As Wayne Simmonds sat the podium Tuesday afternoon for his presser with the media, it had the appearance of one of his Cure Auto commercials.
Except this was the Flyers' breakup day. And it was real, not a TV spot.
Simmonds spoke about how his role changed this year, becoming the bad cop to captain Claude Giroux's good cop in the locker room.
"I think I've become more of a leader, myself," Simmonds said. "Claude's our captain, but I'm here to help him. We're here to help our younger guys and get this thing going in the right direction and not only get into the playoffs.
"I think he's getting better and he's being a leader. I think I'd probably be the bad cop for the most part. G's the nice guy; I'm the man that's yelling. I'm probably more all over guys for some things."
While both Simmonds and Giroux progressed on the leadership side of things, the team struggled as a whole despite the duo trying to lead by example on the ice.
"I think that's our job," Simmonds said. "Everybody's got to be pulled into the battle. I think I'm the guy who can do that. Go out and try to give your max effort and hope everyone follows.
"We were a little too inconsistent this year and we've got to get that figured out. We're a good team, we've got to make a push and get more consistency. Everyone's got to be on the same page and we've just got to be better."
Simmonds was one of 11 players who met with the media during breakup day when the players clean out their lockers, take a post-season physical, and meet with coach Dave Hakstol and general manager Ron Hextall.
At the height of their 10-game winning streak in December, the Flyers were 2nd in the NHL in 5-on-5 offense. They finished the season 27th in that department with just 128 goals scored (2.58). Defensively, they finished 18th, allowing 154 goals against (2.82).
The dramatic drop offensively in goals for is inexplicable, as is the fact the entire team, pretty much collapsed offensively in the second half, simultaneously.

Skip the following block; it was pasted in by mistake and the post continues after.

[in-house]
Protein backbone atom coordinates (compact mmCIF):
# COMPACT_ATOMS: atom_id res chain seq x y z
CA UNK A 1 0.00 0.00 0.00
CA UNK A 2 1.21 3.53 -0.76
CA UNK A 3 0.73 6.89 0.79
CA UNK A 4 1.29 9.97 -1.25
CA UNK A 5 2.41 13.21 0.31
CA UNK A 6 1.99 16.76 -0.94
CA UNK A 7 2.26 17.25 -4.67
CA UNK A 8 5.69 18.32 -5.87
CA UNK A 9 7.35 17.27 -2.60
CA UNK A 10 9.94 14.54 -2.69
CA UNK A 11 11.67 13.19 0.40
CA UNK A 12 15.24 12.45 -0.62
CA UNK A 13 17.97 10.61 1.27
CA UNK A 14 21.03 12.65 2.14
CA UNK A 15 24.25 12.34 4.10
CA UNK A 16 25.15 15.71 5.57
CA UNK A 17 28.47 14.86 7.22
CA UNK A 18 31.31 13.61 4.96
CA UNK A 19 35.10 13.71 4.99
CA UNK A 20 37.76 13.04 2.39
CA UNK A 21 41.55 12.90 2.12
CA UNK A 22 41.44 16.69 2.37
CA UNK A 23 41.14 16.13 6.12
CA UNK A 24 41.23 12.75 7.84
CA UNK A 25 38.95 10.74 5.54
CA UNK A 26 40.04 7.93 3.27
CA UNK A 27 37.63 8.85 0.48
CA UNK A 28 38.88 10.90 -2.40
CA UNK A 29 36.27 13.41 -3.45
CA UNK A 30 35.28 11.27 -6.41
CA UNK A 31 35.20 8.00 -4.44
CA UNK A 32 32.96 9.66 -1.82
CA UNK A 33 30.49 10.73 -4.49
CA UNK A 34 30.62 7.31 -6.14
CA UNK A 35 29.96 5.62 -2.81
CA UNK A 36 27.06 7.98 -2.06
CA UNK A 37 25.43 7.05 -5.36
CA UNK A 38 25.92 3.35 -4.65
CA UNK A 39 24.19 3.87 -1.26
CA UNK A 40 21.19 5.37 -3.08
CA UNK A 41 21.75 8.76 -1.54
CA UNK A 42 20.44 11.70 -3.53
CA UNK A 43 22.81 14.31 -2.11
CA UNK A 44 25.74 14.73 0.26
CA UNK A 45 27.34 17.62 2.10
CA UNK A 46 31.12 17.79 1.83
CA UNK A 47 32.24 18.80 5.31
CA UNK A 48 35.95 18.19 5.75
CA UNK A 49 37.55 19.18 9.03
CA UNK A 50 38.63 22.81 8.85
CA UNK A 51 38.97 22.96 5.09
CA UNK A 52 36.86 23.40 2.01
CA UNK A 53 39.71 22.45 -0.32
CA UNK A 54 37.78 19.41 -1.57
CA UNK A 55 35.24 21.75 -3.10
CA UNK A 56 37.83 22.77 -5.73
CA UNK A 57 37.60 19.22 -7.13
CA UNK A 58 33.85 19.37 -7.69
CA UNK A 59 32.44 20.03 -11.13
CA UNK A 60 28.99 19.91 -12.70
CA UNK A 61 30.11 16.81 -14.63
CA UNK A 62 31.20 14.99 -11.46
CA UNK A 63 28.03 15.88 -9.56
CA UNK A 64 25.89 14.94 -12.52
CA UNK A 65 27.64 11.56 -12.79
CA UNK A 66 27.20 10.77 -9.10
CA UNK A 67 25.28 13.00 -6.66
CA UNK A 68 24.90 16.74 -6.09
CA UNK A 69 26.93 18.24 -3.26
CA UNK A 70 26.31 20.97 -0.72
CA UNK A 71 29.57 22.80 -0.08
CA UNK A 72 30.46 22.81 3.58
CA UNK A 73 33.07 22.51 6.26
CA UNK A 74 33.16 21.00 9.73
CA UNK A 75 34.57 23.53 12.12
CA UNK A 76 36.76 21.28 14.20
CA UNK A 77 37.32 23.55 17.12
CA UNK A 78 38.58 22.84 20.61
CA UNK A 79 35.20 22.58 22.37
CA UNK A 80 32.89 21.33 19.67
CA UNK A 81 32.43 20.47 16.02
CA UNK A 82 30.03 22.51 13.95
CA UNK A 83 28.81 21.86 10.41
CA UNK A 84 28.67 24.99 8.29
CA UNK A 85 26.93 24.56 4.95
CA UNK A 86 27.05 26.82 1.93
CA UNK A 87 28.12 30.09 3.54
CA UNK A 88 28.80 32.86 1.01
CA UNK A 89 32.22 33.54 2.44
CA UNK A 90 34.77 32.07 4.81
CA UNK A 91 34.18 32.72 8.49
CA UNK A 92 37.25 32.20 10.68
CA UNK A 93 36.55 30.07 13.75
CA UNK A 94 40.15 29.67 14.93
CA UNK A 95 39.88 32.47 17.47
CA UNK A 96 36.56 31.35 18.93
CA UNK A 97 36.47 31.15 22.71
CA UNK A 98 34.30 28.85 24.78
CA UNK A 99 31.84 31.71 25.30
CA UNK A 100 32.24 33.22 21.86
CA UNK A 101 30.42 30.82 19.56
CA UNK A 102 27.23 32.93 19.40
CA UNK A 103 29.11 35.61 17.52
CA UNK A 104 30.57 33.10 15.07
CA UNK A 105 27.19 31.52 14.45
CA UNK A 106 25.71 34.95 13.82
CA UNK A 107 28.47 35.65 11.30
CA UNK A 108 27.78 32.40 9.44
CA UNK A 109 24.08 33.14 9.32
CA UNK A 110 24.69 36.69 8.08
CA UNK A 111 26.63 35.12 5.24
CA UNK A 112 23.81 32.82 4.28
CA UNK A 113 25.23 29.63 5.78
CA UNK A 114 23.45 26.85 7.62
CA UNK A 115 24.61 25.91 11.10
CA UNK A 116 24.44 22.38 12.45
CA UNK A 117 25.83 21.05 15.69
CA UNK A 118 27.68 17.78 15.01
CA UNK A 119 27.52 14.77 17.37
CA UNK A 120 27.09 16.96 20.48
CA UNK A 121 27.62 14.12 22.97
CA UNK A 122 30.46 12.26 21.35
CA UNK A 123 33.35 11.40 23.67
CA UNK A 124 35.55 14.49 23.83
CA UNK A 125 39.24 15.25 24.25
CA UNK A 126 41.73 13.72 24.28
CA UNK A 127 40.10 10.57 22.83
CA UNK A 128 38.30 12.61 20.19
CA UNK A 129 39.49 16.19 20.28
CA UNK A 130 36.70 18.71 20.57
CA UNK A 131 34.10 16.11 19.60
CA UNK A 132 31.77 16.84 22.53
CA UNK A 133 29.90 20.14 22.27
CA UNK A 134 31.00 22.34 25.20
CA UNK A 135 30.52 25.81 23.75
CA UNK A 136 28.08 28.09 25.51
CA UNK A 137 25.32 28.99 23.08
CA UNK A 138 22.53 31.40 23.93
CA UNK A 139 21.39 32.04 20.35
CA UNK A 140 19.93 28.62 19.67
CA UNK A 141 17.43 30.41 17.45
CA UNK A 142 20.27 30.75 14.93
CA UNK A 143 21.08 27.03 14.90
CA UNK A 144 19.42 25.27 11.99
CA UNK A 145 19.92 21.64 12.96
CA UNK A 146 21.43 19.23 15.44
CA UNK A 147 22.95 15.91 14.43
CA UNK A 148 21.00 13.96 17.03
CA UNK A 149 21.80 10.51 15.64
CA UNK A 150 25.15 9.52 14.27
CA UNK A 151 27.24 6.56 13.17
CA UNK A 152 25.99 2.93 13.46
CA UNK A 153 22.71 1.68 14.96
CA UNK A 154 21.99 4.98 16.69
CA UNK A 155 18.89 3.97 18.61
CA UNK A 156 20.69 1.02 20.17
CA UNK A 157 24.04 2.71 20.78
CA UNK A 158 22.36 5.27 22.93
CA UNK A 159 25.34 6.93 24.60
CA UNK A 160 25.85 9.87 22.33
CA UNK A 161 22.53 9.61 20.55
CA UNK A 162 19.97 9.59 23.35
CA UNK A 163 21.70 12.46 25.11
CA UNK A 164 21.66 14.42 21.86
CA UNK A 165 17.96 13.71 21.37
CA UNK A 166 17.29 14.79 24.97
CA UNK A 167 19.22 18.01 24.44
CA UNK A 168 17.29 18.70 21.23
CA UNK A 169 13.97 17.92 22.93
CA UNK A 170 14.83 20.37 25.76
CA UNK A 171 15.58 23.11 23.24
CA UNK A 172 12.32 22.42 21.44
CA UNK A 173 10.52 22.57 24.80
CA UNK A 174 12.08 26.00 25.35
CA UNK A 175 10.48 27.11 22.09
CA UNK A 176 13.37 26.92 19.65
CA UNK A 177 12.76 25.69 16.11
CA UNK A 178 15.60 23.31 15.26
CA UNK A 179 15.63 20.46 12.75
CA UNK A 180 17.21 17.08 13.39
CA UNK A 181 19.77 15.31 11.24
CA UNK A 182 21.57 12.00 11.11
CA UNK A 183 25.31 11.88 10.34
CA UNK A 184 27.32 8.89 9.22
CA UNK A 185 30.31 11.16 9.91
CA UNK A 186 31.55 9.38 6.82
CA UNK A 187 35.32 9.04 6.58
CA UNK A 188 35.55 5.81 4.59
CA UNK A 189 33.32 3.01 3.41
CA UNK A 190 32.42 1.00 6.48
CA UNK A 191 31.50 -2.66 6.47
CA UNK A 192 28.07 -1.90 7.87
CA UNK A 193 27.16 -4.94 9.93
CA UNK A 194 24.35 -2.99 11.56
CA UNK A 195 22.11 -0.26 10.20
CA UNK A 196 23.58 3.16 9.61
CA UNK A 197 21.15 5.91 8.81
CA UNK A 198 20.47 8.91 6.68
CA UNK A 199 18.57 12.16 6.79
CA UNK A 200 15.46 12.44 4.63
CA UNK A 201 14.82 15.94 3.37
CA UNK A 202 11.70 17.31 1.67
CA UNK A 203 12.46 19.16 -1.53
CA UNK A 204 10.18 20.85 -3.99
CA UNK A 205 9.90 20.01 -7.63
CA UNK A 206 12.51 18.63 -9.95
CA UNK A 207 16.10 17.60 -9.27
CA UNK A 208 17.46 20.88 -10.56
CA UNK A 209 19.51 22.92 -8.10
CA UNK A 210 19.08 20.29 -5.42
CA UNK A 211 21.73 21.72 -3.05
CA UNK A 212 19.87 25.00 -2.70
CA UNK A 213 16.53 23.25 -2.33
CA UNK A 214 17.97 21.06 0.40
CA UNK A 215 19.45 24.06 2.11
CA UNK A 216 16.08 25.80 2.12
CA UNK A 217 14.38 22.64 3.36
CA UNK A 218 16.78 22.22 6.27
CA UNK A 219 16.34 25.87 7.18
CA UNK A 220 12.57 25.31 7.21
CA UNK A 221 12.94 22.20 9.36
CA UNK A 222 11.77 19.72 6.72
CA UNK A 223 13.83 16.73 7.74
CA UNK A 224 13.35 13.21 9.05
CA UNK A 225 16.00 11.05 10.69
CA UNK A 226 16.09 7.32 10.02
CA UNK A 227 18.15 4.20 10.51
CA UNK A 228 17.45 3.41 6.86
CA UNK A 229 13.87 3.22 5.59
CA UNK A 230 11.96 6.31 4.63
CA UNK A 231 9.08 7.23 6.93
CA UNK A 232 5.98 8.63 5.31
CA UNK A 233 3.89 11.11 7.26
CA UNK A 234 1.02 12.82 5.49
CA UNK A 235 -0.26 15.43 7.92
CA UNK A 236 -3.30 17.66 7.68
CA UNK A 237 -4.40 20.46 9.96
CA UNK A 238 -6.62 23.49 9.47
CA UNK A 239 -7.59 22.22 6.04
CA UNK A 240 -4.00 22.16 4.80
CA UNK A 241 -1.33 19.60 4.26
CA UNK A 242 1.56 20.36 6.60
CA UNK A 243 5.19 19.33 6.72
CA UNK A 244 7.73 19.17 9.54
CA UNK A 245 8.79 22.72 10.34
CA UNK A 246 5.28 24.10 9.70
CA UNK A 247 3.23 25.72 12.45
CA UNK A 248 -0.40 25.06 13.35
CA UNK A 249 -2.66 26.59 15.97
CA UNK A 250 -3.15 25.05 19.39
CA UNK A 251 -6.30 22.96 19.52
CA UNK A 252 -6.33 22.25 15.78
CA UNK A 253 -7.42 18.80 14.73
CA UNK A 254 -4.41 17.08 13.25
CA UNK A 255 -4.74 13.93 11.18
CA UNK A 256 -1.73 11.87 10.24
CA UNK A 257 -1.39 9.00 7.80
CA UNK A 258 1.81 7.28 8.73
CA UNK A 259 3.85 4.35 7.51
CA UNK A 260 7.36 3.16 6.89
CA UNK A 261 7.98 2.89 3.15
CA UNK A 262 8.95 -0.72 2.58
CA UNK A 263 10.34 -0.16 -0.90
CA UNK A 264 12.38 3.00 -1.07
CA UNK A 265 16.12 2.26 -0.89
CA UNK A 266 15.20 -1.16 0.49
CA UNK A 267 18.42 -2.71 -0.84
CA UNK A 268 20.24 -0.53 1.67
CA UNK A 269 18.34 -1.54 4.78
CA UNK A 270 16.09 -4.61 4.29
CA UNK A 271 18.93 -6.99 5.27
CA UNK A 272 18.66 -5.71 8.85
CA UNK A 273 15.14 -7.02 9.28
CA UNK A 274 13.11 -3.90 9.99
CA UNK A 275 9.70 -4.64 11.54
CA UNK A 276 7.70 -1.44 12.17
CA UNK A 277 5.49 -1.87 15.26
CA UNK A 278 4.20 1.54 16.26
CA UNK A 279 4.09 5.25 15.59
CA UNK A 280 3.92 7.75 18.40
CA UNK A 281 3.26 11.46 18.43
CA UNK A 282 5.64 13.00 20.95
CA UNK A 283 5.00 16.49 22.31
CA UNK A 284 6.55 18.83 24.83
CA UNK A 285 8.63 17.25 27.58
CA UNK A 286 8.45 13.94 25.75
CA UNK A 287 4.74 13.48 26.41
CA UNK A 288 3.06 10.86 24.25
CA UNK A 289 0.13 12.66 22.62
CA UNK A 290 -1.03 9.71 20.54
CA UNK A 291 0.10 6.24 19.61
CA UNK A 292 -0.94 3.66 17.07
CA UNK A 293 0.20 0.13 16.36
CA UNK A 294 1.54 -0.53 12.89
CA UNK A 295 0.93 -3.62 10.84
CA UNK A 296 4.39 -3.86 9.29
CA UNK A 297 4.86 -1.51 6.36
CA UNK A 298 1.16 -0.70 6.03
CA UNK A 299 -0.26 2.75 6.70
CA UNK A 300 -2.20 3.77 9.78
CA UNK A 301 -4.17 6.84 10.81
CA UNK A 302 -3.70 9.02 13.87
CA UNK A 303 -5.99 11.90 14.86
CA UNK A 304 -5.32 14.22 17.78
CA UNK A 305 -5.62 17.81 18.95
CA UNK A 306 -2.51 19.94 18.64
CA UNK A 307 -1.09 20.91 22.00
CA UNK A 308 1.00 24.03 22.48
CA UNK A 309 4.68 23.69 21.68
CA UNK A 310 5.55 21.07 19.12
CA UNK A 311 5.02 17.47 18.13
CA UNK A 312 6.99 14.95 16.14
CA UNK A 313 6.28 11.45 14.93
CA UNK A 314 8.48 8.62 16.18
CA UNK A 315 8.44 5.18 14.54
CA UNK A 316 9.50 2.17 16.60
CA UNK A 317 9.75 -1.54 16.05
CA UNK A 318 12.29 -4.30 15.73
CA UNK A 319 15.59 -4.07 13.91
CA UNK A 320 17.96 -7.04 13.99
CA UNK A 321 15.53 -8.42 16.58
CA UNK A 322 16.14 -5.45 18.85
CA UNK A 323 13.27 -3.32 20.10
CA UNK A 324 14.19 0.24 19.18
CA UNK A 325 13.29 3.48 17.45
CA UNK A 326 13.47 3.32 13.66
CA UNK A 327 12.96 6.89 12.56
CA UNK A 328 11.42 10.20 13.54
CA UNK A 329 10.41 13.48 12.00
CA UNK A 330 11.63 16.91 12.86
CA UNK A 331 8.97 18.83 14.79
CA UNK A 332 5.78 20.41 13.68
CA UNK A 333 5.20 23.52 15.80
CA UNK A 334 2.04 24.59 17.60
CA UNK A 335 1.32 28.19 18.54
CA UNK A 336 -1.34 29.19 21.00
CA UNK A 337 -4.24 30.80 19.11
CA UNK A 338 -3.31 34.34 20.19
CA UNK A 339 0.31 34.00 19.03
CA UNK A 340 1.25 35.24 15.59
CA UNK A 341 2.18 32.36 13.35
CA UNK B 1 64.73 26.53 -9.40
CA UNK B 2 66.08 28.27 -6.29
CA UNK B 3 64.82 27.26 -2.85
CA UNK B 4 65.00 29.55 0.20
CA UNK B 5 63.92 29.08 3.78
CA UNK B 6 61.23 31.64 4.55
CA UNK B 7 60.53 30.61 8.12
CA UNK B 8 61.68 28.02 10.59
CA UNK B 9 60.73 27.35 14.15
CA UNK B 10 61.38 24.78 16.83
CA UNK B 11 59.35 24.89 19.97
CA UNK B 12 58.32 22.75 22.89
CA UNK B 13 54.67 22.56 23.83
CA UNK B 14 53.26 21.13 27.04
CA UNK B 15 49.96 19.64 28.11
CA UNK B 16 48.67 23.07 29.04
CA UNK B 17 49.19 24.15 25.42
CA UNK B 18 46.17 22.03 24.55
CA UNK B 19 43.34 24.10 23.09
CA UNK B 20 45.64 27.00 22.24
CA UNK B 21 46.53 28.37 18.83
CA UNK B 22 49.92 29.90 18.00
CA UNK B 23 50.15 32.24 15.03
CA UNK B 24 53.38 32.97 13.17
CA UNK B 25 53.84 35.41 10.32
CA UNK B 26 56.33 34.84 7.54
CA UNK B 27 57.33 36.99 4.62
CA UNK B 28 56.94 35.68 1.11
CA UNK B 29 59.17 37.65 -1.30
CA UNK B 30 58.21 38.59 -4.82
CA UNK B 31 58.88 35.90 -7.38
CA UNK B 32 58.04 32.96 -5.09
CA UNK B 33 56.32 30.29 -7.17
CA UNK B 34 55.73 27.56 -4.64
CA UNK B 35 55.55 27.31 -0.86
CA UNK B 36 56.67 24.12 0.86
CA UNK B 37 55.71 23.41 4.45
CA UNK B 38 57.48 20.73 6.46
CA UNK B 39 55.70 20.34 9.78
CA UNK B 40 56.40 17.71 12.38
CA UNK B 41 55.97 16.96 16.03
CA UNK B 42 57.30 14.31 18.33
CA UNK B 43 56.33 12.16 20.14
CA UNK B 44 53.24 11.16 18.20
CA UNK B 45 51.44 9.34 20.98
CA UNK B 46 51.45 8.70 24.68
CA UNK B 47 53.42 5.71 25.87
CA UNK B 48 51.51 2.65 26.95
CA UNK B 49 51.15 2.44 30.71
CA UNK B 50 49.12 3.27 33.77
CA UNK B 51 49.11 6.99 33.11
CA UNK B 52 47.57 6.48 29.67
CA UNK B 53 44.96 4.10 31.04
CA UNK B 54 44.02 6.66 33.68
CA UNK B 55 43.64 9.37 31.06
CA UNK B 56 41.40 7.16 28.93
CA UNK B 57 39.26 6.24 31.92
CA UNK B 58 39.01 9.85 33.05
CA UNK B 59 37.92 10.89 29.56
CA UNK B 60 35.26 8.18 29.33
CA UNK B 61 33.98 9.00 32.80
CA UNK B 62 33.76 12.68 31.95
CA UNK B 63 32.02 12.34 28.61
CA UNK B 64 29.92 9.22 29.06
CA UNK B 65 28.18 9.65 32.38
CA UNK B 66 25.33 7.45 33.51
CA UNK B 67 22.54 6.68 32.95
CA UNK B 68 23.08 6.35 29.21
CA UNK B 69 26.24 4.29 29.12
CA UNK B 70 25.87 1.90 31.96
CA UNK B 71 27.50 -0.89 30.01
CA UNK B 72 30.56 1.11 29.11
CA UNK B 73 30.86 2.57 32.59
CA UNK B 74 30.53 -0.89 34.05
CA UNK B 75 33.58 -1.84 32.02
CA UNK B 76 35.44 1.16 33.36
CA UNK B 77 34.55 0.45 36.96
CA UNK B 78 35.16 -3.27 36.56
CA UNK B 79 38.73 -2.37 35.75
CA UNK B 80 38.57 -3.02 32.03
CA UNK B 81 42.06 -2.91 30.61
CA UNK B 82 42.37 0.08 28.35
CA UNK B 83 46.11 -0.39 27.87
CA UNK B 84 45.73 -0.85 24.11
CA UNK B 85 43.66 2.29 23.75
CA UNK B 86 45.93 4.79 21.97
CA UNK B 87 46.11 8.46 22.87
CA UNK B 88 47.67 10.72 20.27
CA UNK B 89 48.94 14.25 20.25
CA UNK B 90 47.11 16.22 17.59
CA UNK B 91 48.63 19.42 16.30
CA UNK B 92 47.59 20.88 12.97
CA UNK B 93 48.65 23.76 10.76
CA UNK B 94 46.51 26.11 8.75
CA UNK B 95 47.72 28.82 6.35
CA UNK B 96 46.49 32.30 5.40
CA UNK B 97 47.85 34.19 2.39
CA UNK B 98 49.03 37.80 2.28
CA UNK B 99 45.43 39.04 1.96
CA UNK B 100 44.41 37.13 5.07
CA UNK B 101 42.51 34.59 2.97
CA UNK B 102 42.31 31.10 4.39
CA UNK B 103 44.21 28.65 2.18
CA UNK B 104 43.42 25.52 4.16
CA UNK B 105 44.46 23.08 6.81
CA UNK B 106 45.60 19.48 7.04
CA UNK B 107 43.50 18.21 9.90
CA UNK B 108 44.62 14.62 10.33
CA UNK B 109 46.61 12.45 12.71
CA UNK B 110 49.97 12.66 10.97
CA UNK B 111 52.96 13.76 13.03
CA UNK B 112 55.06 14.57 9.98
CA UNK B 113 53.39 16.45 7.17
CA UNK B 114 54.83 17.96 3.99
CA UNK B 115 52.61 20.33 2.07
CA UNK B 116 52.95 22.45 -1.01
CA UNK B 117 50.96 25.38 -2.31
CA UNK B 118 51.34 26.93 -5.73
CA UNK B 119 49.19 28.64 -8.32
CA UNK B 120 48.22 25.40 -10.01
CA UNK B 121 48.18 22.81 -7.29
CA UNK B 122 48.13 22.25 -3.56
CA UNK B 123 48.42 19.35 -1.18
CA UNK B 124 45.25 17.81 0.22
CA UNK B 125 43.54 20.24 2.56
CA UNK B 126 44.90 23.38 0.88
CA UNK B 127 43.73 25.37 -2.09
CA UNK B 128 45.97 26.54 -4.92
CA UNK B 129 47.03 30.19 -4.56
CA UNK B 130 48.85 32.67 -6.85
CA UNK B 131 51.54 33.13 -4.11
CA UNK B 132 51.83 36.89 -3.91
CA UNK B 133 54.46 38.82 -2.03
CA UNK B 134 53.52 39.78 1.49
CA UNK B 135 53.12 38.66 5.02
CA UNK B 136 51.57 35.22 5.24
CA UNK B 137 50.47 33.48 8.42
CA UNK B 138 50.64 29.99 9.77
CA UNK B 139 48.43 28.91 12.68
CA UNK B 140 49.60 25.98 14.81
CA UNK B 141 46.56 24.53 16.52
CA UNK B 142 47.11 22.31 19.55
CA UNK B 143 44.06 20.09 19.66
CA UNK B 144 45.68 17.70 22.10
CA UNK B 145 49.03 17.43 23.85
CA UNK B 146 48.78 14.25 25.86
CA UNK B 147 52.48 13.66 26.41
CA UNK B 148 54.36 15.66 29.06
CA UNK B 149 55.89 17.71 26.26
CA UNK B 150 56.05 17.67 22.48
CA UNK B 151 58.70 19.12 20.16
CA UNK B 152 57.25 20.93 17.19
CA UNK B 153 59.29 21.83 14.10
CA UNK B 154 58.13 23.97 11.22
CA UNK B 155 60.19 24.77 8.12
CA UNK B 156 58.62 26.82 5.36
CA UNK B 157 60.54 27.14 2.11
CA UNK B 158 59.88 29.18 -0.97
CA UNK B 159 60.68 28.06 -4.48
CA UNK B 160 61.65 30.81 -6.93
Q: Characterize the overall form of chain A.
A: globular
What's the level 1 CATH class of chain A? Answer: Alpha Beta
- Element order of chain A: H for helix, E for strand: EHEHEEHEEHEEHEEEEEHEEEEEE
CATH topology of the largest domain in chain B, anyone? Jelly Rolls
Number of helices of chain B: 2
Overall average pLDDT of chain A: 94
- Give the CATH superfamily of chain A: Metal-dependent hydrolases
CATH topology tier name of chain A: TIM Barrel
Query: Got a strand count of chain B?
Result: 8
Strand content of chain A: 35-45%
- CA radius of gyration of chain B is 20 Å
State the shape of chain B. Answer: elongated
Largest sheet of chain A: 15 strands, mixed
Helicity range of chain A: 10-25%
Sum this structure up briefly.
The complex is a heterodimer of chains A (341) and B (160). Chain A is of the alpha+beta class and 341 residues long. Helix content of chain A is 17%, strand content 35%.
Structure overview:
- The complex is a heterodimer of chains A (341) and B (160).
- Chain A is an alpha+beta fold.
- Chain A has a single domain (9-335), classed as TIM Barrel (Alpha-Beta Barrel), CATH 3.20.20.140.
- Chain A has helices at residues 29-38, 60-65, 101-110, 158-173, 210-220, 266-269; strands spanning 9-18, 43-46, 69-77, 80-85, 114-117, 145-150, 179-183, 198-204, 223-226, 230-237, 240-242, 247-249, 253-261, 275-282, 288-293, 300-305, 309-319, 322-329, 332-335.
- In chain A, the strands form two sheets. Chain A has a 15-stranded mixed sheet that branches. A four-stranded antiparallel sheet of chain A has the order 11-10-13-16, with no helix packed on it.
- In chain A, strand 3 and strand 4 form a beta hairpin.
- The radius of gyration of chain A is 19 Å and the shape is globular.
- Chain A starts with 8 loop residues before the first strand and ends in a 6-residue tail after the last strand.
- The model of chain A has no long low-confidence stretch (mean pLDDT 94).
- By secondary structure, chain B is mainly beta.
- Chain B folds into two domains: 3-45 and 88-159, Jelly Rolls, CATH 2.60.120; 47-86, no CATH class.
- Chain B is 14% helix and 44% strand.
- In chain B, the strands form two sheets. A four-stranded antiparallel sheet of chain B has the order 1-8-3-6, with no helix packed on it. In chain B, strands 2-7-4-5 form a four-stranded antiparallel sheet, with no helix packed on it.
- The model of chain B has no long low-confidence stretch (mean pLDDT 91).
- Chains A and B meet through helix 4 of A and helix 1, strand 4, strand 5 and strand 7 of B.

"The well went dry," Simmonds said. "I don't know how to explain it. I felt like we were getting opportunities, good scoring chances in good areas, and we just couldn't put the puck in the net. Eventually, that was our downfall.
"We couldn't score for that little bit of time and the streak was prolonged. I think towards the end of the year we started getting it back, we started putting more pucks in the back of the net, and I think that's more indicative of our team. We started getting more contributions from other guys and we picked it up but it was too late."
A number of players – Steve Mason, Michal Neuvirth, Sean Couturier, Shayne Gostisbehere, Claude Giroux, etc. – said they played ill or injured over long stretches because it's the mantra for this sport. They didn't want to let teammates down.
Couturier missed 16 games with a left knee injury and admitted he still wasn't healthy when he returned.
"When I came back, I wasn't probably 100 percent," he said. "I thought I could do enough to help the team win, whether it was defensively, offensively, whatever it was frustrating at times and took a few weeks to really start not feeling it anymore, and getting it out of my head."
Whether multiple guys playing hurt is beneficial to the team is a tough question to answer.
"I don't know if it did more harm than good," Simmonds said. "What are you going to do? You're not going to play and let the boys down? You know a hockey player's mentality.
"We're going to play unless we're dead. No matter what, you're banged up, you're injured, you better get out there. You do it for the boys, you do it for yourself, for the organization. You've got to play.
"G's a great player. This year I don't know what it was. I think his hip, I don't know what it was. Maybe there was something there. Maybe he wasn't 100 percent, but he's a warrior.
"He's going to battle for the guys, he's our captain, he's our leader. He's not going to leave us to hang no matter how he feels. He's going to show up and he's going to put his best effort forth no matter what."
Giroux and Simmonds, among others, want to play in the IIHF World Championships in France and Germany this spring. Hextall is the GM for Team Canada while Hakstol is one of his assistant coaches.
"Ideally, I would hope to be playing in the playoffs [right now]," Simmonds said. "It's something that I'm thinking about, going over there and having a good time and playing for a winning team. It's a thought, definitely."